National Moving Month is a time to recognize America’s mobile roots and kick off the busiest months in the moving industry. This year, however, National Moving Month kicked off with consumer warnings about moving scams.
The American Moving & Storage Association joined US Secretary of Transportation Ray LaHood, Federal Motor Carrier Safety Administration Administrator Anne S. Ferro, and other public and private representatives in Houston for a news conference May 1 to warn consumers about con artists and unlicensed movers who “come out of the woodwork” to take advantage of people during this busy moving season. The officials urged consumers preparing to hire a mover to protect themselves by only hiring moving companies in full compliance with applicable laws. Consumers should also visit www.protectyourmove.gov for tips on how to avoid becoming a victim of a moving scam.
Red Flag Warnings
The Federal Motor Carrier Safety Administration outlines red flags to watch out for when hiring a mover. Those red flags include:
- Answering the phone with generic rather than company name. If you call a moving company and the person answering says “Movers” or “Moving Company” instead of a specific company name, hang up and look for another company.
- No local address on the website and no mention of license or insurance. Don’t hire a mover without verifiable license and insurance, or one without an office location you can visit. If you visit the office and it is in poor condition, look for another mover.
- Low estimates given over the internet or phone without an in-home inspection of household items. The mover should come to your home to provide an estimate. While you may accept an estimated cost if you trust your mover, you should only hire a moving company that offers a guaranteed, binding estimate with no hidden costs. Read more in Things You Should Know about Moving.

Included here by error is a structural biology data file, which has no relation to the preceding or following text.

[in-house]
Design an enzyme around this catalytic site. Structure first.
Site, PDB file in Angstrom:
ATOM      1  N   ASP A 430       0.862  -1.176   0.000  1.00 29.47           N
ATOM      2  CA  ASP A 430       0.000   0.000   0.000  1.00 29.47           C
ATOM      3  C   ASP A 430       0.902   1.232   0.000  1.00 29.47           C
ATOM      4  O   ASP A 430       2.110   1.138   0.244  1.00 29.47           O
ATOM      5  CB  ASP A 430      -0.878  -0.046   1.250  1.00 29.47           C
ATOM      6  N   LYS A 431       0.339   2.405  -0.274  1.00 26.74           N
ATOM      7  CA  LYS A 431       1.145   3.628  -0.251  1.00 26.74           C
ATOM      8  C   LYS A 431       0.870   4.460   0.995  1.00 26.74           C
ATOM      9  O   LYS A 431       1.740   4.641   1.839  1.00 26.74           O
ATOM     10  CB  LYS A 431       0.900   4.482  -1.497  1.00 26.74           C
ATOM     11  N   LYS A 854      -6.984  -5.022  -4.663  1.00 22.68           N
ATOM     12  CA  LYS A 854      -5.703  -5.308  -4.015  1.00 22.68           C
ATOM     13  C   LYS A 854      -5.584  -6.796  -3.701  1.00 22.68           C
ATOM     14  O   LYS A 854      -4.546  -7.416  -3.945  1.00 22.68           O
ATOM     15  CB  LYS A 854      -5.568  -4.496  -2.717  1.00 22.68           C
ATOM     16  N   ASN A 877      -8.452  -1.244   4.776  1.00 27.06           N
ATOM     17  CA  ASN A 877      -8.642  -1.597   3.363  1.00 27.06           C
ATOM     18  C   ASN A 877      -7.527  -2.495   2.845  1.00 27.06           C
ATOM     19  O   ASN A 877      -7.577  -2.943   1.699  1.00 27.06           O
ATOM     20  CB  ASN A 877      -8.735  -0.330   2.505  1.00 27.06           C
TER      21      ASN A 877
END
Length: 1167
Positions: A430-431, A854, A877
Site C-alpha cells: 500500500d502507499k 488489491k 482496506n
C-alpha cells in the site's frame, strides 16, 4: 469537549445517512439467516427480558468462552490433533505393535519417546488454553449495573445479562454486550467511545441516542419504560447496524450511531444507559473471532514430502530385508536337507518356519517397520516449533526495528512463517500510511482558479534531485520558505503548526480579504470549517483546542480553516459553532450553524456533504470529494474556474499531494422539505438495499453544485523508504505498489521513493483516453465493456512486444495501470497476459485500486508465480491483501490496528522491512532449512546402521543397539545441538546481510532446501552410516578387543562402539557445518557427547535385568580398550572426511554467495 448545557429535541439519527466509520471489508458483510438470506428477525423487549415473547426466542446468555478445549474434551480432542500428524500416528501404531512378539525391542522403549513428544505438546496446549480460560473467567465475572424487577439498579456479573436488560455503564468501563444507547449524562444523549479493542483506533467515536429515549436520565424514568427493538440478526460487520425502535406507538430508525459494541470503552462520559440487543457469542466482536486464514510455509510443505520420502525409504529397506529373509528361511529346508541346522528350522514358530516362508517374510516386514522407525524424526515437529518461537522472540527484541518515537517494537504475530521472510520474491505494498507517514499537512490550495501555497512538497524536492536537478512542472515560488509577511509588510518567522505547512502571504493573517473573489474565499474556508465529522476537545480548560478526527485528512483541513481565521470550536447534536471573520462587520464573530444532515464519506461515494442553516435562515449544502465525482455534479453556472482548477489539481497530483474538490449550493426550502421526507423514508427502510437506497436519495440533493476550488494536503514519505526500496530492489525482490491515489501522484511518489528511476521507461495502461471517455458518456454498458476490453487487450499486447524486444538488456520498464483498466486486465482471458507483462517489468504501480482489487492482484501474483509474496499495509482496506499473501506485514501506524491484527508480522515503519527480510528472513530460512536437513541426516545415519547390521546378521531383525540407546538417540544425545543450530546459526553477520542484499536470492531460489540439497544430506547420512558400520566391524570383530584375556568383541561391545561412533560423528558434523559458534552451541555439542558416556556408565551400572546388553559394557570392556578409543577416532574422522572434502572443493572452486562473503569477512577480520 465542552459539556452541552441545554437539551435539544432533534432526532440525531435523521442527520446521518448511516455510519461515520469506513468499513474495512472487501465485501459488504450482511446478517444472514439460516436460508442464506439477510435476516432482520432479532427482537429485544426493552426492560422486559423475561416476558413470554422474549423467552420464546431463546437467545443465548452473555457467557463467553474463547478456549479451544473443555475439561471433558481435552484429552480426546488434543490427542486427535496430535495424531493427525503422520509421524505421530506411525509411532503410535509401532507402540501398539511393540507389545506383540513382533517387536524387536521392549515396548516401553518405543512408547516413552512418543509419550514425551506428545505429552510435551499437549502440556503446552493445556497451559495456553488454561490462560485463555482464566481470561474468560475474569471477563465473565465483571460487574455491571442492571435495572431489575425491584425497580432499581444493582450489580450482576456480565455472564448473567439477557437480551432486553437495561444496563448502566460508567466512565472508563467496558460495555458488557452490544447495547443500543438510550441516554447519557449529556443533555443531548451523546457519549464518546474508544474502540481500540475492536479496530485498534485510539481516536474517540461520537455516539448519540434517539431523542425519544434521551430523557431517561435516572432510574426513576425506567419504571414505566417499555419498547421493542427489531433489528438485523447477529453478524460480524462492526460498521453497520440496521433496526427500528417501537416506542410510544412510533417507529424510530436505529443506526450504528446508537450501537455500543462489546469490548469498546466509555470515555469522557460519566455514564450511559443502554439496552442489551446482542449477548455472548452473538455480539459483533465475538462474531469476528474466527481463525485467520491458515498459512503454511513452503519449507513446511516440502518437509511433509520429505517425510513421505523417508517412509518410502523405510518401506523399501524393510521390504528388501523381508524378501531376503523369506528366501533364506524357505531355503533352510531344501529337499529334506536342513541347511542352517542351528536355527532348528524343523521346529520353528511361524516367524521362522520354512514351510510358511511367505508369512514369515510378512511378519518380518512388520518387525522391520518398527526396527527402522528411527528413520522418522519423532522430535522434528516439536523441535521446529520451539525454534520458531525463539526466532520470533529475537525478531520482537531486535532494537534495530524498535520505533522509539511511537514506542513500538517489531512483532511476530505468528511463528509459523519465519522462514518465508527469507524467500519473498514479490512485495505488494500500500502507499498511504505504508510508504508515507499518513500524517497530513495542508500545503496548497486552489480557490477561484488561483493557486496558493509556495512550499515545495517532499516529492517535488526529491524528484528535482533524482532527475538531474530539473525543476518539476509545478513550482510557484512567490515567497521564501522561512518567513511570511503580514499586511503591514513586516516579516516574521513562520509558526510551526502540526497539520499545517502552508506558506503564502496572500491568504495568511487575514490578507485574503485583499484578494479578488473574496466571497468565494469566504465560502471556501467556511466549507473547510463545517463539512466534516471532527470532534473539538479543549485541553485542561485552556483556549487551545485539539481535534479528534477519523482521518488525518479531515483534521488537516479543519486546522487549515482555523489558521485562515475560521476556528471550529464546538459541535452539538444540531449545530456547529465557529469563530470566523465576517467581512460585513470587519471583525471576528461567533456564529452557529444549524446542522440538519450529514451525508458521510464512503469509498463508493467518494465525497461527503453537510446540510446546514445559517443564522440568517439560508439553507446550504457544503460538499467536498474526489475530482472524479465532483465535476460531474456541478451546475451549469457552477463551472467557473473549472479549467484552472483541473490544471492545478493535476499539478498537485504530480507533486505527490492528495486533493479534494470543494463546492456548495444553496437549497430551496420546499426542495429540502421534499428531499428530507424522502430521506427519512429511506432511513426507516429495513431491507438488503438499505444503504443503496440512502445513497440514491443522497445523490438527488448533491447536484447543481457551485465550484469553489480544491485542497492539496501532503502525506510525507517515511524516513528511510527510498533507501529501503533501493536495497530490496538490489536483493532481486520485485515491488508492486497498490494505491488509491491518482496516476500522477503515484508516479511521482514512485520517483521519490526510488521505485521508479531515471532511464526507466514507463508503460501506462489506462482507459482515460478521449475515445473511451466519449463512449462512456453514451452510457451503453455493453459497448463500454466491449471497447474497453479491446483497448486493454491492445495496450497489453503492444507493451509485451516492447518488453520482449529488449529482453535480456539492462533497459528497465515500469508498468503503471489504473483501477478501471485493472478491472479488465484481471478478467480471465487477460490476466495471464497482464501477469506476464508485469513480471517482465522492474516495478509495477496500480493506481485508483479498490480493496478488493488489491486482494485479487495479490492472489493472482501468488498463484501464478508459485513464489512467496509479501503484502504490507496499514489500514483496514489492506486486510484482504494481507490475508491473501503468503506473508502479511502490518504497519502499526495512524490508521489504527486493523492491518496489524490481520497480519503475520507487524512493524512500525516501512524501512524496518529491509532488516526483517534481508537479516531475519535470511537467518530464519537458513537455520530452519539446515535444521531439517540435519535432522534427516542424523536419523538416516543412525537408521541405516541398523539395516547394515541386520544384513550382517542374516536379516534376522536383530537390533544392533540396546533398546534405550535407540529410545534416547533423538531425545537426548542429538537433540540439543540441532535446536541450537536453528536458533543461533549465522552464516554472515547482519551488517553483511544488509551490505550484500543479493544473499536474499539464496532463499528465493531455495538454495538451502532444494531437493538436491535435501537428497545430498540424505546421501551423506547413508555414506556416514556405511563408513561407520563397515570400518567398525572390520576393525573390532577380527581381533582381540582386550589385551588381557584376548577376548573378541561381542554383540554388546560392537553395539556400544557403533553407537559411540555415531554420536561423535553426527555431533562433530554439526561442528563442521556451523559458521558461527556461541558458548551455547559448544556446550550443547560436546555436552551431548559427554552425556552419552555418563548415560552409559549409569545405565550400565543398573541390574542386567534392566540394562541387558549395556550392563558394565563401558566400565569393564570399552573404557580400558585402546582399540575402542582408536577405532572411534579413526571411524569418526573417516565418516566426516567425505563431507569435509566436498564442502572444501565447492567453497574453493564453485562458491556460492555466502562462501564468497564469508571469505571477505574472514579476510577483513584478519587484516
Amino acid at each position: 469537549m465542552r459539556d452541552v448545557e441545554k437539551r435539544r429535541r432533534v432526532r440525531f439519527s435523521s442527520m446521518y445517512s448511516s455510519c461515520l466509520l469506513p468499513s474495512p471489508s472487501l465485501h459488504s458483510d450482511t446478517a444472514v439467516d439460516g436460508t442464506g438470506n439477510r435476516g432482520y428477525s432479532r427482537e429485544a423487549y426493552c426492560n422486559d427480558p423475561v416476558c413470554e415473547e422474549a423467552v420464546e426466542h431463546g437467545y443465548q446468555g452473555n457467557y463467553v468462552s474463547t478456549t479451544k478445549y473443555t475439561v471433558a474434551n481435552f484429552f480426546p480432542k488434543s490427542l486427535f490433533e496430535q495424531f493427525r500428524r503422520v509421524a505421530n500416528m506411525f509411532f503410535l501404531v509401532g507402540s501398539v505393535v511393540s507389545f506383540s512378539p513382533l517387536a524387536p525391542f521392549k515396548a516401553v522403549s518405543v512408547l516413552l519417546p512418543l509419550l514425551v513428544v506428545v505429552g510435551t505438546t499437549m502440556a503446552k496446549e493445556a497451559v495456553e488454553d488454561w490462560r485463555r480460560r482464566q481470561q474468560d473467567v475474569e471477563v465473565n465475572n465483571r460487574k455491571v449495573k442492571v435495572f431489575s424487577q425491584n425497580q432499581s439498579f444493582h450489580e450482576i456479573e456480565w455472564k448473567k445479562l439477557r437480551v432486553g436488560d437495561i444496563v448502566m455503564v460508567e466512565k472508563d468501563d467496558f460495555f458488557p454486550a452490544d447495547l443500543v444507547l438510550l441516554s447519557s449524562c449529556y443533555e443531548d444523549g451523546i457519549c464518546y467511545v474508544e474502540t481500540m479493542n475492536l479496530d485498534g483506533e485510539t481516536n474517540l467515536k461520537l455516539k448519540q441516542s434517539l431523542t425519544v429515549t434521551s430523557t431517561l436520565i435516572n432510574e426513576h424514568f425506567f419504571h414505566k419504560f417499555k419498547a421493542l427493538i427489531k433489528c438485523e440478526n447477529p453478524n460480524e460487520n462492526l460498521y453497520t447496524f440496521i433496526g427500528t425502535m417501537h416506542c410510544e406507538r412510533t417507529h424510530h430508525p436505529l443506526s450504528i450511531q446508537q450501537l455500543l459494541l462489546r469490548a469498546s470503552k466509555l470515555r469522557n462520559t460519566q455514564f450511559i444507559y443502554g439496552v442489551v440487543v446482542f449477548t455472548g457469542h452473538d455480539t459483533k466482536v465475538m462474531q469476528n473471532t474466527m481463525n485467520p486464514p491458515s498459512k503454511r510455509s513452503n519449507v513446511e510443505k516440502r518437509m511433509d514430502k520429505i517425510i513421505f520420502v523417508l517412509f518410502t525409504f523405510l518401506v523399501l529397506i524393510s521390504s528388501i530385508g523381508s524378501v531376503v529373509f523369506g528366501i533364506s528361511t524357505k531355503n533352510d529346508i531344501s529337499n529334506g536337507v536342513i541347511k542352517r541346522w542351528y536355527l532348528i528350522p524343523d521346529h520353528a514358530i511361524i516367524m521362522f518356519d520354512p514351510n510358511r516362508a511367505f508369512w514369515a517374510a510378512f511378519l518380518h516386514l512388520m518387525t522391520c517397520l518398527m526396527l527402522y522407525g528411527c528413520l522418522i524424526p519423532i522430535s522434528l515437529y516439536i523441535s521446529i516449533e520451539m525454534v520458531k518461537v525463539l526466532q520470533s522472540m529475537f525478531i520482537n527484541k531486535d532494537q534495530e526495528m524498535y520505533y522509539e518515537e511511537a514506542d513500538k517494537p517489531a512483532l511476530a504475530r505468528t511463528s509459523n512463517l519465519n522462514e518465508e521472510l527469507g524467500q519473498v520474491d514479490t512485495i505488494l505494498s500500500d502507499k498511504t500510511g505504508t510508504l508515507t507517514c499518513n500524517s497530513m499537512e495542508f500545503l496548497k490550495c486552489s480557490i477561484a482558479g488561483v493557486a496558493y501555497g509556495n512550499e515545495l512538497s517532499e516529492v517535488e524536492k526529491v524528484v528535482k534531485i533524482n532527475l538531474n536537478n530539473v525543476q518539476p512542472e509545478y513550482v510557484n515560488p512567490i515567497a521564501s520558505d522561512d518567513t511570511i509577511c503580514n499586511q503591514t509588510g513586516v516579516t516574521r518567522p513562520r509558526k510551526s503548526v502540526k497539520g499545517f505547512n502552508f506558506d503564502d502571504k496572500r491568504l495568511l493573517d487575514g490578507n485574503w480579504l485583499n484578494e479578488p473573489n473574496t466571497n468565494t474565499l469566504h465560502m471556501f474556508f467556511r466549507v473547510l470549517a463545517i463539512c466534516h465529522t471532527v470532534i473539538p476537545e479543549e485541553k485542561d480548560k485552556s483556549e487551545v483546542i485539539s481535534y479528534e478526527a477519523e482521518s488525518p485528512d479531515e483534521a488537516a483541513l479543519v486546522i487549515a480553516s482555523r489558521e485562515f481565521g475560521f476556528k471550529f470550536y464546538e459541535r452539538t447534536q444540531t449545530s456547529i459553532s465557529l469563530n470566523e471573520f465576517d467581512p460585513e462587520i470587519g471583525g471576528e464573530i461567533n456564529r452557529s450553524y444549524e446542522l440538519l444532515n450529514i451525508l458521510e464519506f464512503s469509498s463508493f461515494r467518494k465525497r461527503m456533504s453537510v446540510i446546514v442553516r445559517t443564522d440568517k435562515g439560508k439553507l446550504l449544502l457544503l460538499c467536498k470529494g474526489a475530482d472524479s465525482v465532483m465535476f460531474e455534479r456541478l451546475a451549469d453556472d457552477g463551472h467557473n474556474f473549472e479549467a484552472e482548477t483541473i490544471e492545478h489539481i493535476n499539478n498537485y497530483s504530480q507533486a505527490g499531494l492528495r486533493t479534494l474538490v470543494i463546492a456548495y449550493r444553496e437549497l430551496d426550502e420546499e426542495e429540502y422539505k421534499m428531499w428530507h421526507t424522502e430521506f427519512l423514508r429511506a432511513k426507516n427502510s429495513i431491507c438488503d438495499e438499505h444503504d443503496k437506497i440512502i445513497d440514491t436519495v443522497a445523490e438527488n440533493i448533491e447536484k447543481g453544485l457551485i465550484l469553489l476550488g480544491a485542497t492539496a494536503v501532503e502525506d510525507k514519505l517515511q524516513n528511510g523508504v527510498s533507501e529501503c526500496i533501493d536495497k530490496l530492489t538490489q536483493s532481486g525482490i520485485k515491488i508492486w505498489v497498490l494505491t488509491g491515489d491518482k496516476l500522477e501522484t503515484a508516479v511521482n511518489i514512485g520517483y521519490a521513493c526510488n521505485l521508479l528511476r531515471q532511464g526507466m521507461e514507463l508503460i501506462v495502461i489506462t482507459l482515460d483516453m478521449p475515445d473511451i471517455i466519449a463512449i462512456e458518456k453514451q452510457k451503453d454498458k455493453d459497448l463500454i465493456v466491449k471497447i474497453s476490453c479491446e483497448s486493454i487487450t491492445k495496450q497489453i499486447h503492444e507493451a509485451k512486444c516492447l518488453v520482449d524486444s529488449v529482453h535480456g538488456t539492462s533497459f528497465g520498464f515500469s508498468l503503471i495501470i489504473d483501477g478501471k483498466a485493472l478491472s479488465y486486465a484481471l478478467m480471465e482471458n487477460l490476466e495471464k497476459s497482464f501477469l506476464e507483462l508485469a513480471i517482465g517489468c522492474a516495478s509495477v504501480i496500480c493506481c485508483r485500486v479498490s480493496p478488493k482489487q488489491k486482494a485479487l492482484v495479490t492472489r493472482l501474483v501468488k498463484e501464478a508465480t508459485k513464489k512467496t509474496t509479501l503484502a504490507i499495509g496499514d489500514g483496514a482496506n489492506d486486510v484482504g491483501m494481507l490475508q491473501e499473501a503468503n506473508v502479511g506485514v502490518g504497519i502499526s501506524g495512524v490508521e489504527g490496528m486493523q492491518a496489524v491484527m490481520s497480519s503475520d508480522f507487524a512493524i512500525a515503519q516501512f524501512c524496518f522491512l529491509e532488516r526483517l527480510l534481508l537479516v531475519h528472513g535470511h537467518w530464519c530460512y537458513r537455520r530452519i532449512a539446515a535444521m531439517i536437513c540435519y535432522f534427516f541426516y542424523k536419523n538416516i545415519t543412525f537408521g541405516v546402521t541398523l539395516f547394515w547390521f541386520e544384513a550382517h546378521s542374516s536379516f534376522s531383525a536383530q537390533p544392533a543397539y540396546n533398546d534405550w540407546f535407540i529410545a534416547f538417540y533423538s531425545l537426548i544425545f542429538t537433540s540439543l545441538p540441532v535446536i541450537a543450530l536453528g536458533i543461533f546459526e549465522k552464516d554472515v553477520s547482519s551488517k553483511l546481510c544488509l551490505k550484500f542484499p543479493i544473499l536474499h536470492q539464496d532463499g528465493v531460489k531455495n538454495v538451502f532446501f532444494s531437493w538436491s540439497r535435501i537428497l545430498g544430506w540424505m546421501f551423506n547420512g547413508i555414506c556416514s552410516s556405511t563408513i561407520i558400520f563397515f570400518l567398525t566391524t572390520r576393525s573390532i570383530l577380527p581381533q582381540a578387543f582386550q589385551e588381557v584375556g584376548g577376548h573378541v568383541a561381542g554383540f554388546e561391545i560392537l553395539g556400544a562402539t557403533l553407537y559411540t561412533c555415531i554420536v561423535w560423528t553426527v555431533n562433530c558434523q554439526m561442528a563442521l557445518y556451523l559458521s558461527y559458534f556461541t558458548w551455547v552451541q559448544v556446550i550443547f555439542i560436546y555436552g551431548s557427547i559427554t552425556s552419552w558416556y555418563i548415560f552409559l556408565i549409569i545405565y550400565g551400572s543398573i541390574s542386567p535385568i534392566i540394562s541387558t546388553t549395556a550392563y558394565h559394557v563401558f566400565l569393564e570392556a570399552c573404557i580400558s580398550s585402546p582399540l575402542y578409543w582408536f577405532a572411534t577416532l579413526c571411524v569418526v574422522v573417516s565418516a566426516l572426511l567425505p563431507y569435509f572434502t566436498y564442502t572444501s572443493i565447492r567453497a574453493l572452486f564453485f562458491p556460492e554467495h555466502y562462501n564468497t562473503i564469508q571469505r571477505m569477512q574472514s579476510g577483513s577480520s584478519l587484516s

- False insurance claims. If the mover tells you the company’s insurance covers all of your household goods, look for another moving company. Professional movers will, however, offer insurance packages. Read about Loss and Damage Liability.
- Payment or large deposit required before the move.
- The mover does not provide you with a copy of Your Rights and Responsibilities When You Move. If moving state to state, federal law requires the mover provide you a copy of the booklet.
- No company name on the moving truck/van. If your mover arrives in a rental truck or unmarked vehicle, you could be in trouble.
Hire a Mover You Can Trust
Planning a move takes time and careful consideration. Avoid falling victim to a moving scam. Hire a moving company you know you can trust.
In business since 1939, Chipman Relocations, a BBB Accredited Business, is the moving company you can rely on to provide the services agreed upon at a competitive price. Read testimonials about our safe and reliable movers and see verification of our ProMover certification on the AMSA website. Feel confident your move is in good hands with Chipman Relocations.